Christ in the Desert's own Web pages are truly unique. At least one organization listed our Web site as ideal for teachers to use to introduce students to the Web, Brother Aquinas noted. Welcomed and guided by Brother URL (the acronym for universal resource locator, which refers to addresses on the Web), visitors to the site find artwork that spices age-old illumination techniques with a strong Southwest flavoring. Monks, working at rough tables that line the scriptorium's packed-dirt floors, do the hand lettering on canvas and scan the illuminations (using a Microtek scanner) into their computers, then incorporate them into the Web pages.
Information into Art
I can't think of better work for us to be doing, Brother Aquinas told a visiting New York Times reporter last March. This work goes back to the ancient tradition of the scribes, taking information and making it beautiful, into art. For centuries during the Middle Ages, monasteries throughout Europe and the British Isles maintained scriptoria where monks produced handwritten and hand illuminated manuscripts. Such work became almost obsolete, however, with the advent of printing in the 15th century. In a certain sense, the Web and what will happen in the next decade is a return to that tradition, Brother Aquinas said. The Times reporter noted that a wooden crucifix hangs on one wall of the scriptorium and hand-painted illuminations by the monks share shelf space with Windows 95, Adobe Illustrator, and Partition Magic.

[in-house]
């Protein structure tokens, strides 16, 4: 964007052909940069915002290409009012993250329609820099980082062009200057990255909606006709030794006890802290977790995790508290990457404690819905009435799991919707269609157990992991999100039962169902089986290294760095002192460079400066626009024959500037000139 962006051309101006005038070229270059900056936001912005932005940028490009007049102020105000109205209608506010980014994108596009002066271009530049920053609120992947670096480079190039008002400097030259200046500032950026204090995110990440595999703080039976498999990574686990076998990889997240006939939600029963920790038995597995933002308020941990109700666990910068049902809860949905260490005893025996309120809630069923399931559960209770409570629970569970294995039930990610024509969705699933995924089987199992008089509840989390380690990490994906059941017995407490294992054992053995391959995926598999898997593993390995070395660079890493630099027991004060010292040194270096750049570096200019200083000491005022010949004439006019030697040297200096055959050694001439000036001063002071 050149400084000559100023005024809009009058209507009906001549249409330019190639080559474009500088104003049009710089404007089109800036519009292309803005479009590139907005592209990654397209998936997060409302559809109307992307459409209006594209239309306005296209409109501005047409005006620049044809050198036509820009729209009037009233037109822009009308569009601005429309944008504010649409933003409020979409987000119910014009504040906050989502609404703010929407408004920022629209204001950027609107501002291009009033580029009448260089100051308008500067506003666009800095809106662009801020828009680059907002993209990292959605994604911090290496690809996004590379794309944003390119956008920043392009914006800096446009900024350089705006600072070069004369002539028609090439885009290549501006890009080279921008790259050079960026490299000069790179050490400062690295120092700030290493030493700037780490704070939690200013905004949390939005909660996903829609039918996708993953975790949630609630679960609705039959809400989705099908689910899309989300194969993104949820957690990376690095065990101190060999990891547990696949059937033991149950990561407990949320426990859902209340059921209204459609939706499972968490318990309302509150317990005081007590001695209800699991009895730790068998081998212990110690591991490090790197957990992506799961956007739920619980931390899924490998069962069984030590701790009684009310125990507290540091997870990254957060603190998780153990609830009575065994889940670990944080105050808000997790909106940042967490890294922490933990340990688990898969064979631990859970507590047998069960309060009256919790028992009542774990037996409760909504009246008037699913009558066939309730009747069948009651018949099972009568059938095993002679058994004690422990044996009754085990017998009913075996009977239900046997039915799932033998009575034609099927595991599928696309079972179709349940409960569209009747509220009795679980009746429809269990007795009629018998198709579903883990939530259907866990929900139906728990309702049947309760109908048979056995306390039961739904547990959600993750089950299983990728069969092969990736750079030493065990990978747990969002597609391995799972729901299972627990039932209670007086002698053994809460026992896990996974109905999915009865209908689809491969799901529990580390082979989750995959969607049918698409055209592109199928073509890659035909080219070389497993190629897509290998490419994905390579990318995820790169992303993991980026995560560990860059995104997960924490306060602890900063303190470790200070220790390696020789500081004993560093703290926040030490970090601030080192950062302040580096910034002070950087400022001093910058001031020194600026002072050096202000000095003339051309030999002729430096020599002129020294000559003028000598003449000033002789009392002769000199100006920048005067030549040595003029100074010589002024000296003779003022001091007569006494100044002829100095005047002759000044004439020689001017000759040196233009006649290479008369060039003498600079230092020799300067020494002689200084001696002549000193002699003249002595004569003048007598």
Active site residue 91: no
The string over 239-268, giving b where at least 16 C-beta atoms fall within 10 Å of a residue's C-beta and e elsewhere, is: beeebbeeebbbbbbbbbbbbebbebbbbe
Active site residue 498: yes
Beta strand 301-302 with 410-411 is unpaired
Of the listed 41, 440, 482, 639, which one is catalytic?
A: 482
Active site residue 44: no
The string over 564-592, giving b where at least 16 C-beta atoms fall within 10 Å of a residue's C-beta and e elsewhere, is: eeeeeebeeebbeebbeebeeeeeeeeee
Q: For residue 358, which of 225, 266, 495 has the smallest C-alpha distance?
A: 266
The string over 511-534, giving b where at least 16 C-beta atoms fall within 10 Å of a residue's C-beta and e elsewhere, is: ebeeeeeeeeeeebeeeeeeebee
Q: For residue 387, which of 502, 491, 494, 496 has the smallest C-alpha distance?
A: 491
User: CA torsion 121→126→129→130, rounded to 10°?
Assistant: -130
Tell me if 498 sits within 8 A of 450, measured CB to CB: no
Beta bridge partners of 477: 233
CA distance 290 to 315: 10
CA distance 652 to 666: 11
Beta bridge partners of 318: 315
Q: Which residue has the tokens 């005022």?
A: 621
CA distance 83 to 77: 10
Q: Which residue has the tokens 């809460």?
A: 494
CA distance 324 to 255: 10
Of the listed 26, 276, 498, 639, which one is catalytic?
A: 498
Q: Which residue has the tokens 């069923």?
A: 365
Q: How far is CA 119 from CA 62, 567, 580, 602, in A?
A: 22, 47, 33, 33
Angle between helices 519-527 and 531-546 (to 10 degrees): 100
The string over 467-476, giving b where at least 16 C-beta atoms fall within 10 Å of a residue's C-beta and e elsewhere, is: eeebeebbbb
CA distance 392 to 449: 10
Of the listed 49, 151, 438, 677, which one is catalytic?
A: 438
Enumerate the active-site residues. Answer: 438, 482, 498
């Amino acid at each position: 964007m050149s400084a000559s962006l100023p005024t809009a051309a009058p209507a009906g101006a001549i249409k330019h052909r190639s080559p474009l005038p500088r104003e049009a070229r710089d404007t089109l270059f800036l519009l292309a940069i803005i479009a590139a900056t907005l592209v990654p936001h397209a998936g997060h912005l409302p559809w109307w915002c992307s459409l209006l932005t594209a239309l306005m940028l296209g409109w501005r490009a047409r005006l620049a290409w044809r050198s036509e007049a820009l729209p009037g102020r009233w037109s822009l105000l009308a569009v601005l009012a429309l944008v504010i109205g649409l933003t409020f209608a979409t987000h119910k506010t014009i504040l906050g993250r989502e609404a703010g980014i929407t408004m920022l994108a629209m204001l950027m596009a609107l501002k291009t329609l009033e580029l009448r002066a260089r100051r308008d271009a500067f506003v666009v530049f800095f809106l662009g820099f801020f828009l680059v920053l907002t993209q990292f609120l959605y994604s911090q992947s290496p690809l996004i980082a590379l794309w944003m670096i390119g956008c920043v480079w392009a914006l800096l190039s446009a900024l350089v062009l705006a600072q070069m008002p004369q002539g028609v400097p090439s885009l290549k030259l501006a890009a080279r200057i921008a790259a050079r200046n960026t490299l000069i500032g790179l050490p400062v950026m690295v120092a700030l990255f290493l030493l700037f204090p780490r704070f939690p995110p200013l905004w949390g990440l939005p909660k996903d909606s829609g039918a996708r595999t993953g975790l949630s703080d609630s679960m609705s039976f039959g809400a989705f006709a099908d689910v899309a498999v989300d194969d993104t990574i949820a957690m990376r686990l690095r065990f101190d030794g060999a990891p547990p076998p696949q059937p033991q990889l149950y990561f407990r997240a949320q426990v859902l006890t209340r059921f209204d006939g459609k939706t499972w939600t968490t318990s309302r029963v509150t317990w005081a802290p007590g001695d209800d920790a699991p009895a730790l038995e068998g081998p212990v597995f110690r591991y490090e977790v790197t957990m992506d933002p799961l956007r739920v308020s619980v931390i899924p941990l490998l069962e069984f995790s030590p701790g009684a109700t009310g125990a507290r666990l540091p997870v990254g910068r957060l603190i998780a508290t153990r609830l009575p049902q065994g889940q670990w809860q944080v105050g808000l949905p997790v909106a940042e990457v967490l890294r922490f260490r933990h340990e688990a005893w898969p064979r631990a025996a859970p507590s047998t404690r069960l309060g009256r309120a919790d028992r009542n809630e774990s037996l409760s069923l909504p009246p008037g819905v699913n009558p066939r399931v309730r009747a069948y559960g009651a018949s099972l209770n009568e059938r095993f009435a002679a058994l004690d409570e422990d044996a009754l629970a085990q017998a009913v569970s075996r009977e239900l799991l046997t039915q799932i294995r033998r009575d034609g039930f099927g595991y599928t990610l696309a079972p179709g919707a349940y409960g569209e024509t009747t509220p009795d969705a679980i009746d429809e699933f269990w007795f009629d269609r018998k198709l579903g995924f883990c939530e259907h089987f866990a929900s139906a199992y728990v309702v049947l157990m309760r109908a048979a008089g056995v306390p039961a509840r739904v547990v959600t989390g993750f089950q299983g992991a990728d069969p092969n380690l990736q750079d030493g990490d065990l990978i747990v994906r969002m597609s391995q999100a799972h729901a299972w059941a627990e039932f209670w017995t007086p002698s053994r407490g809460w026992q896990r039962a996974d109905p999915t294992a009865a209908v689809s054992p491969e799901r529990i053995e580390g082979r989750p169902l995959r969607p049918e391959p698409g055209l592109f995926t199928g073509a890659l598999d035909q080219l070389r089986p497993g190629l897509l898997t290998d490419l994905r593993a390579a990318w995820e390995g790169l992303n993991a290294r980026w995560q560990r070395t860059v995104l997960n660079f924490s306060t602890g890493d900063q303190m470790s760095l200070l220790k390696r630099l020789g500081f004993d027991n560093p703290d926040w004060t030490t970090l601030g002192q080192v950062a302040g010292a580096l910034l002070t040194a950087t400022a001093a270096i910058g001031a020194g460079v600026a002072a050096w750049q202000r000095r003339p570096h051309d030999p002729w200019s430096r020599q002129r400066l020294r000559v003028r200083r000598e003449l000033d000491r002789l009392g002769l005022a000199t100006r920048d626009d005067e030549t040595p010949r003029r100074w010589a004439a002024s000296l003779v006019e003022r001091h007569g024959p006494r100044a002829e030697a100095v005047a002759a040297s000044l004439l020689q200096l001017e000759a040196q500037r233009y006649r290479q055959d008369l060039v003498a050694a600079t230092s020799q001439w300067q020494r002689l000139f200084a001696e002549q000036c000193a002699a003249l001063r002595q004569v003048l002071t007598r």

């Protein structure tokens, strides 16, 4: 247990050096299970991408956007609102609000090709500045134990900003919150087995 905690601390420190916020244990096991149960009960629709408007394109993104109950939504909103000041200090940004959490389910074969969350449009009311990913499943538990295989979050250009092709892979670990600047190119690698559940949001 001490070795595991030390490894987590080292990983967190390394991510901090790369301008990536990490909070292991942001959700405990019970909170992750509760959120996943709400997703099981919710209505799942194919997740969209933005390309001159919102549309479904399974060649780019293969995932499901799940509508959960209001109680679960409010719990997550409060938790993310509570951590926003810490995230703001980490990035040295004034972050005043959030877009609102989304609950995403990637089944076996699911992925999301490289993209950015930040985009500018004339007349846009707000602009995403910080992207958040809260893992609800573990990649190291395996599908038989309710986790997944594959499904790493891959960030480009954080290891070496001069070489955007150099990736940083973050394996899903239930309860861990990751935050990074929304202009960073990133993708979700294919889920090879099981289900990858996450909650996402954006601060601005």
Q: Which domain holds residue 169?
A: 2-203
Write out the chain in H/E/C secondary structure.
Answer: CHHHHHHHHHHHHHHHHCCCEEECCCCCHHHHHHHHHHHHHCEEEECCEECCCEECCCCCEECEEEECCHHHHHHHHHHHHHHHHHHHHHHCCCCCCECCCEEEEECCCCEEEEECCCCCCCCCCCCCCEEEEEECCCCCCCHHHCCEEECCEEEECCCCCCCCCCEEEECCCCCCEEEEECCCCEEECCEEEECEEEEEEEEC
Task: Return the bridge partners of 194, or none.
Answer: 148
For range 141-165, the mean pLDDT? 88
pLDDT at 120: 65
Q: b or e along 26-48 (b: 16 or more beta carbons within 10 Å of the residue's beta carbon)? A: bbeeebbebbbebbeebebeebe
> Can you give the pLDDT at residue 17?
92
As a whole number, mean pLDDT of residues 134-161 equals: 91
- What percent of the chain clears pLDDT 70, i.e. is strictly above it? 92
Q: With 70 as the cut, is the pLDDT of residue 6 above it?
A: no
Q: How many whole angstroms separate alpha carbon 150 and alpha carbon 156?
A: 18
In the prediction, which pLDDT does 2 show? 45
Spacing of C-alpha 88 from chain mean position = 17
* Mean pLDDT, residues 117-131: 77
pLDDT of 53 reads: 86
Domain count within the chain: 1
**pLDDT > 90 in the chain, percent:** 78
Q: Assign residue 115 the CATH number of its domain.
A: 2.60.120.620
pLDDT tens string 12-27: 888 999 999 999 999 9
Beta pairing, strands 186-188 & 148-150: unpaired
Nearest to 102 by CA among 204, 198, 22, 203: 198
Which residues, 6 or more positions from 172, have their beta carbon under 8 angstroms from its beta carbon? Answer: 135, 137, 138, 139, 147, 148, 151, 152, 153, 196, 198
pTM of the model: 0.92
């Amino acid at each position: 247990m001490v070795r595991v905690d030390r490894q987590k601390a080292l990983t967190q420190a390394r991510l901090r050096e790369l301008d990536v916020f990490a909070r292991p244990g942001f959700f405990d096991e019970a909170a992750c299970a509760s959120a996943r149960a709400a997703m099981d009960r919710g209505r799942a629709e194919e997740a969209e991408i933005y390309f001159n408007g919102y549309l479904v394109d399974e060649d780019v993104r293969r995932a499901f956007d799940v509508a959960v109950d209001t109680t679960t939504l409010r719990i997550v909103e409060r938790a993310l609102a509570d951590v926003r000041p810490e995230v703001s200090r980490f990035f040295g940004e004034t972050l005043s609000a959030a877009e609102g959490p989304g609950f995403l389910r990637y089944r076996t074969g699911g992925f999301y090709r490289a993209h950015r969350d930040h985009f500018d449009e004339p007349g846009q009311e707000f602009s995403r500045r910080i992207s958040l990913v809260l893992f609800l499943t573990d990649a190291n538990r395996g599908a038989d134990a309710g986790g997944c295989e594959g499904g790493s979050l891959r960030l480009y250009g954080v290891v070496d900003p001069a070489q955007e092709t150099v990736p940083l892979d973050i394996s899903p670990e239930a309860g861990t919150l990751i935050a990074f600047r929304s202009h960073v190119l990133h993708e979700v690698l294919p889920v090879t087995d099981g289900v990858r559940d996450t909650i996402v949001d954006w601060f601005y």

The cyberspace operation at Christ in the Desert is part of a trend noted in a recent article in Wired magazine (Heather Millar, The Electronic Scriptorium, August 1996). In growing numbers, Millar writes, religious orders across the country have taken on computer work as a replacement for more traditional occupations like distilling brandy or making cheese. Monks and nuns are helping turn university library card catalogs into digital systems, cataloging archives for such enterprises as the New York Daily News and Time magazine, and digitizing records for government agencies.
CID Web Pages
The Christ in the Desert Web pages provide informative texts as well as beautiful illustrations. Web pages include an introduction (scriptorium@christdesert), a history of the Benedictines, A Brief History of Scriptoria and the Evolution of the Book, Monasticism and Scholarly Resources, a gift shop guide that features the monks' handicrafts, and information for guests who want to visit and stay in the monastery's guest house. (A minimum stay is two nights; maximum two weeks. Reservation materials are provided by e-mail.) Wordsmiths will enjoy the beautifully illustrated definitions (such as scribe, rubricator, and miniator).